How to cook rice pudding in a pressure cooker

Rice pudding makes a great dessert or even a breakfast dish. It has a creamy texture, making it a nice change from the usual oatmeal or cold cereal breakfast. While rice pudding is usually flavoured with a blob of jam or sprinkles of cinnamon, the spices and additions are open to experimentation depending on your own favourite flavours. It may seem time-consuming to make rice pudding from scratch, but you can use a pressure cooker to quickly turn the rice to the right consistency.

Place 250 ml (1 cup) of long or medium-grain rice in the pressure cooker. Stir in 15 ml (1 tbsp) of melted butter until the rice is evenly coated.

Place 250 ml (1 cup) of water, 500 ml (2 cups) of milk and 75 ml (1/3 cup) of sugar in the pressure cooker. Sprinkle with a little salt to taste and stir everything together well.

Place the lid on the pressure cooker and secure it tightly. Heat on the hob until the pressure cooker reaches 15 Psi. Cook for eight minutes at this pressure, then turn off the heat.

Beat one egg with 50 ml (1/4 cup) heavy whipping cream in a small bowl while the rice cooks. Add 2 ml (1/2 tsp) vanilla to the egg mixture.

Remove the lid from the cooker once the pressure returns to zero. Pour the egg mixture over the rice and stir it together. The heat from the rice cooks the egg mixture as you stir.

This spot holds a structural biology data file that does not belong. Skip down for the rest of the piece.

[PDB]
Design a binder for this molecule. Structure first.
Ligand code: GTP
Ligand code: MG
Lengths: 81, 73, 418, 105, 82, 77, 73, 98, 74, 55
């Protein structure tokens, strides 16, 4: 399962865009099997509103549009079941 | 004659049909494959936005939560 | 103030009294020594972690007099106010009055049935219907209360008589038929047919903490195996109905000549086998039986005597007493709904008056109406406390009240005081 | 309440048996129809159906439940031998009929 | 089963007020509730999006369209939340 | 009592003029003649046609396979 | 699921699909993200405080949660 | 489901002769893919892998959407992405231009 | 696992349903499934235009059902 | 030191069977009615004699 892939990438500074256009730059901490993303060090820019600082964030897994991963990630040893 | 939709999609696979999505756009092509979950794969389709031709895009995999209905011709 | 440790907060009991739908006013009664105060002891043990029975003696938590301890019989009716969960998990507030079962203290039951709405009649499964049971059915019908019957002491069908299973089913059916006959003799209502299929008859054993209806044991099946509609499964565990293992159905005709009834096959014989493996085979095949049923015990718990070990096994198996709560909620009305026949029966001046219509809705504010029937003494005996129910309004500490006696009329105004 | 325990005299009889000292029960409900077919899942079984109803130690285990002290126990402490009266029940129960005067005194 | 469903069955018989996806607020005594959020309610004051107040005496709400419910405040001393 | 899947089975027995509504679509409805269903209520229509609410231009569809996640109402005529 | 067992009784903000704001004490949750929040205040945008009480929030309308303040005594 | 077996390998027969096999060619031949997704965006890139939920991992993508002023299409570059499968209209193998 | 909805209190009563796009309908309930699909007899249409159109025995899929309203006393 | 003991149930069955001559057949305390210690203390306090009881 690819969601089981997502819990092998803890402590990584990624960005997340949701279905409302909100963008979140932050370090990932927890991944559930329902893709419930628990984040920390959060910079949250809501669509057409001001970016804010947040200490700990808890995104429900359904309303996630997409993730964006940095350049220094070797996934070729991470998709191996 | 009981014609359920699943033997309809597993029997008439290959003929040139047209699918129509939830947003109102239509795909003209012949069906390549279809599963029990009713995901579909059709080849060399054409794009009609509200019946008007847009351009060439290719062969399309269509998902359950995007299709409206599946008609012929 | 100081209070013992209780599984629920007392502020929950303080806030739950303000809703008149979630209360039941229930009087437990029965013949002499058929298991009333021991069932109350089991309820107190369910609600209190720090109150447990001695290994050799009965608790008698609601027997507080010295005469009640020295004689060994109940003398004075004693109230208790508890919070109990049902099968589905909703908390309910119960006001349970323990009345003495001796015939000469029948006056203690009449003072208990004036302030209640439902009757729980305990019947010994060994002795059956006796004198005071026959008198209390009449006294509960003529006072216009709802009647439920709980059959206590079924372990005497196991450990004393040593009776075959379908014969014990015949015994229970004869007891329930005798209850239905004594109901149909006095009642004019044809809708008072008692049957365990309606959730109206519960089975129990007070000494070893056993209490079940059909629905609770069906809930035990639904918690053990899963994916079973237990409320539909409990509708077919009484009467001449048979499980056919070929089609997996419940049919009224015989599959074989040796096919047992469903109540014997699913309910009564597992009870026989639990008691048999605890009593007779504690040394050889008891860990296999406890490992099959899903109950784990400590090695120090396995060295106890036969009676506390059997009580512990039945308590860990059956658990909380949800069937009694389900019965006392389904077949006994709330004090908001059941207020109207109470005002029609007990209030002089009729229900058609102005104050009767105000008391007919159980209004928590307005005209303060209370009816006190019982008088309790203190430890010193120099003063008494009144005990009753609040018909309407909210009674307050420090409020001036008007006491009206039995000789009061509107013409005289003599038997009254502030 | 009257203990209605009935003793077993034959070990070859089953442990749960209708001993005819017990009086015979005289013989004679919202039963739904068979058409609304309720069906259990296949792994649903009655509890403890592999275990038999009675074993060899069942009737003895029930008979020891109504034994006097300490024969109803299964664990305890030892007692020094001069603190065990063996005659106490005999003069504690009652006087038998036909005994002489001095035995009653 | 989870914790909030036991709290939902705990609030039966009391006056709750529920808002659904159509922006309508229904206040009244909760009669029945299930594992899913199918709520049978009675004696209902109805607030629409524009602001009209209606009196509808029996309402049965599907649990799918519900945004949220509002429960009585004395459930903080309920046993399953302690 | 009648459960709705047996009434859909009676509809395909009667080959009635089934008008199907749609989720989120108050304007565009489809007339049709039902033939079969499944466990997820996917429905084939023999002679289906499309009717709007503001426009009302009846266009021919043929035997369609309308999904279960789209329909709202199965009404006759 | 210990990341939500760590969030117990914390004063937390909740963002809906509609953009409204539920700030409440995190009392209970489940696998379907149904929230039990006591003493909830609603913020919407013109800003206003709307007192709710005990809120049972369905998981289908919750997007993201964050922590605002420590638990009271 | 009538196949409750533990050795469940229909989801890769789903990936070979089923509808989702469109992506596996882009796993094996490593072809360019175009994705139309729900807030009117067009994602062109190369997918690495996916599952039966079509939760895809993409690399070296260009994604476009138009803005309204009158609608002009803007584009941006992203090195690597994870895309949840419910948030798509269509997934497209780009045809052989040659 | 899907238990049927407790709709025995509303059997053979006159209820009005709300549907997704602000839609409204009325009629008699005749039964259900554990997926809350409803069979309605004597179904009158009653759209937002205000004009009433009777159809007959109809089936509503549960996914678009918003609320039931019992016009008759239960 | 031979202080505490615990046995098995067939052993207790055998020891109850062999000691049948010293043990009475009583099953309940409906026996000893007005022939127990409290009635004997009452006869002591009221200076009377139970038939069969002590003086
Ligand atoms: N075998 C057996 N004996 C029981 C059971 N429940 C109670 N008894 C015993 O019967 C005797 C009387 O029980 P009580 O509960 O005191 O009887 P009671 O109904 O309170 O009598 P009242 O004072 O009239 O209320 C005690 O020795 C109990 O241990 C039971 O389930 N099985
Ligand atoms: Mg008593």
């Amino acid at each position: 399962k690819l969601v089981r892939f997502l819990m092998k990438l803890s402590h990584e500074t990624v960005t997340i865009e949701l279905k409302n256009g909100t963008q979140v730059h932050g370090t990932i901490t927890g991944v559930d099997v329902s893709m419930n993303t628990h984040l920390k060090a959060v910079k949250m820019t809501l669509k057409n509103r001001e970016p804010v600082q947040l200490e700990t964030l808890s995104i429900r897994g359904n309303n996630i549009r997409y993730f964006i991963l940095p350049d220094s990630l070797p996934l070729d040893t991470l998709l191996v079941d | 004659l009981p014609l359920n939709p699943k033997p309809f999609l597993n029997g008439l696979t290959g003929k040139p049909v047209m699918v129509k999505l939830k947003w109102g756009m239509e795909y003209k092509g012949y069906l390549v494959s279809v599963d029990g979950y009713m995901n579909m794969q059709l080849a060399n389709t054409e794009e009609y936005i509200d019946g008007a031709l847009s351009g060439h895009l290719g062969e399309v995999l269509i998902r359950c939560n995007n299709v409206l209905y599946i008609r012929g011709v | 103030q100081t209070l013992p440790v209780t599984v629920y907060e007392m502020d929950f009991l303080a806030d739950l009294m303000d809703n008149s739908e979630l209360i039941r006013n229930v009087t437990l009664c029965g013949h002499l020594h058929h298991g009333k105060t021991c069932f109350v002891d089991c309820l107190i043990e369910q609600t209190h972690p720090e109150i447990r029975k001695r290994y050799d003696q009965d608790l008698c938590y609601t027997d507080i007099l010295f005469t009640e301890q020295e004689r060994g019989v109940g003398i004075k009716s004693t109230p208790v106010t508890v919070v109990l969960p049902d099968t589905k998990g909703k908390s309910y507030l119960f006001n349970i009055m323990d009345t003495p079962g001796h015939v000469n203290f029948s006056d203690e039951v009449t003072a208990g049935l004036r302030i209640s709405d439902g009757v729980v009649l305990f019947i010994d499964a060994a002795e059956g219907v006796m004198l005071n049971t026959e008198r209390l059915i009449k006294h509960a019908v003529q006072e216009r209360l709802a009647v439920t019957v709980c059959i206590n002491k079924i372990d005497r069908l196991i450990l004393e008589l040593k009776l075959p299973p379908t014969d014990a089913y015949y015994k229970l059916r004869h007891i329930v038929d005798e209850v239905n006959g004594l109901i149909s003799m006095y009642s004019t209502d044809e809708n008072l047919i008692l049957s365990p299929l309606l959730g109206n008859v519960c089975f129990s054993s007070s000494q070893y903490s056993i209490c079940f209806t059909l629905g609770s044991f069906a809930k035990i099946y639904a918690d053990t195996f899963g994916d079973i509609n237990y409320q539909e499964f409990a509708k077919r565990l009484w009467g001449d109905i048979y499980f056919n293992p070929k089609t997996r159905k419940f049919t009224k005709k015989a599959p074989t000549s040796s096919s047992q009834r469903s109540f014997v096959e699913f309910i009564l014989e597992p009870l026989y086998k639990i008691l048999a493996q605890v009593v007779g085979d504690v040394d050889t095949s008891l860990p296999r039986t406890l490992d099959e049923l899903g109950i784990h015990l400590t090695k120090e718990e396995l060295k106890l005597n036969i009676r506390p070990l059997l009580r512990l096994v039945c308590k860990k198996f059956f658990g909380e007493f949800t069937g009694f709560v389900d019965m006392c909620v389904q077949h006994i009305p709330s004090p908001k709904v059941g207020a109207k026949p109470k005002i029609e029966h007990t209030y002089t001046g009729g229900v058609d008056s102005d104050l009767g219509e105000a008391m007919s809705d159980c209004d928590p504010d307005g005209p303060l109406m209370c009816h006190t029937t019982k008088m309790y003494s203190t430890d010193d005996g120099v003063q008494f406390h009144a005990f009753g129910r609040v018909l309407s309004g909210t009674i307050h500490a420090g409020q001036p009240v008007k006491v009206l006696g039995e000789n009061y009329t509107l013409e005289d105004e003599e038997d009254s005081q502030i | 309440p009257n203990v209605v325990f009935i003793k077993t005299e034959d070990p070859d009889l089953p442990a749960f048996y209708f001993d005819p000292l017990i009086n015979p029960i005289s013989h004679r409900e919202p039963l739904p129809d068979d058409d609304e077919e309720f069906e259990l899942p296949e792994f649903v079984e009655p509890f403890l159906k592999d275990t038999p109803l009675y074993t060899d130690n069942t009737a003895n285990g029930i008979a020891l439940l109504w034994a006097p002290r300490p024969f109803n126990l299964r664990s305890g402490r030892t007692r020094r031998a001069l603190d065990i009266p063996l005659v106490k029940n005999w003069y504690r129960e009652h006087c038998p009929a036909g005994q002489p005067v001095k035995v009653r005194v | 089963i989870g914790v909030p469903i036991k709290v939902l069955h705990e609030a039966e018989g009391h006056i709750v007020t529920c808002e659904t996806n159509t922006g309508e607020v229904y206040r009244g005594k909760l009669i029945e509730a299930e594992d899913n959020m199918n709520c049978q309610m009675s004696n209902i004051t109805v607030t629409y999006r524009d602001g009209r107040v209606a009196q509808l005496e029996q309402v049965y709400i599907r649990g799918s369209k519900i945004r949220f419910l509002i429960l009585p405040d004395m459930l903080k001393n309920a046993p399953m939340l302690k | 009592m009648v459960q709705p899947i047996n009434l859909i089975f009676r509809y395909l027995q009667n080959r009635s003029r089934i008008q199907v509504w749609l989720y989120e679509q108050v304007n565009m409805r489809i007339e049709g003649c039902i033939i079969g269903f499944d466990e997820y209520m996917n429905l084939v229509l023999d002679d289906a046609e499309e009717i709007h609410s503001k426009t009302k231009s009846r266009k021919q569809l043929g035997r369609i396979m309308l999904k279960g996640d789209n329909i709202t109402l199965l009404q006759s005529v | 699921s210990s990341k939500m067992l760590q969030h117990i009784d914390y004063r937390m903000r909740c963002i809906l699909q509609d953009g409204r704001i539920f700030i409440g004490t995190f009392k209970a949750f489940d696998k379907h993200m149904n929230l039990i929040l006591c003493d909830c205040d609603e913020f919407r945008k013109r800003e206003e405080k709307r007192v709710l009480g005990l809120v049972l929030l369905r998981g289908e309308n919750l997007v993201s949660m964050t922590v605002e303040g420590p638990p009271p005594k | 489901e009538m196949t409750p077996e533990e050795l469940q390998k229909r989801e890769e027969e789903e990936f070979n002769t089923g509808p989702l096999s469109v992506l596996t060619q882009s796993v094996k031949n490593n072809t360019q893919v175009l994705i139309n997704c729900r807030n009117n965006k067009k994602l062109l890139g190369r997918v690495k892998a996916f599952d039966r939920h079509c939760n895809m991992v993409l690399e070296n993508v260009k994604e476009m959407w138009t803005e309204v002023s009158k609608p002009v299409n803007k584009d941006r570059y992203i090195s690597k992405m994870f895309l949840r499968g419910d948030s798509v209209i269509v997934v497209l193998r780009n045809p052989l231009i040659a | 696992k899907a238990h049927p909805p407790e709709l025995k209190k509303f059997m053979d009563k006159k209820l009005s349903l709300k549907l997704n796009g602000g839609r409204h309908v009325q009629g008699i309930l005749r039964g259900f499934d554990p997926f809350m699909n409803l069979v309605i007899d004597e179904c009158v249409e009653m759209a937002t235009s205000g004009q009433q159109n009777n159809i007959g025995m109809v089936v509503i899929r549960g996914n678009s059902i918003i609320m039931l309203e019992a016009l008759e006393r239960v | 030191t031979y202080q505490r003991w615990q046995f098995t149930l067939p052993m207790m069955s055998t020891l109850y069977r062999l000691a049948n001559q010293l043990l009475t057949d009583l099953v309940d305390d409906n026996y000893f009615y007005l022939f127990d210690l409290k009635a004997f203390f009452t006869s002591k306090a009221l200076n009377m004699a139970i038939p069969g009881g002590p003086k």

Add cinnamon, sugar and nutmeg to taste. Sprinkle over the top of each individual serving or stir into the rice pudding prior to serving, as desired.


Medium-grain rice is sticker than long-grain rice, adding a firmer texture to the rice pudding.

Sprinkle ripe berries or sliced fruit on top the pudding to add colour and flavour. Raisins and dried fruit are also suitable.


Always take care when opening a pressure cooker, as the escaping steam can cause severe burns.

Things You'll Need

  • Pressure cooker
  • Rice
  • Butter
  • Milk
  • Salt
  • Sugar
  • Bowl
  • Egg
  • Cream
  • Cinnamon
  • Nutmeg
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About the Author

Jenny Harrington has been a freelance writer since 2006. Her published articles have appeared in various print and online publications. Previously, she owned her own business, selling handmade items online, wholesale and at crafts fairs. Harrington's specialties include small business information, crafting, decorating and gardening.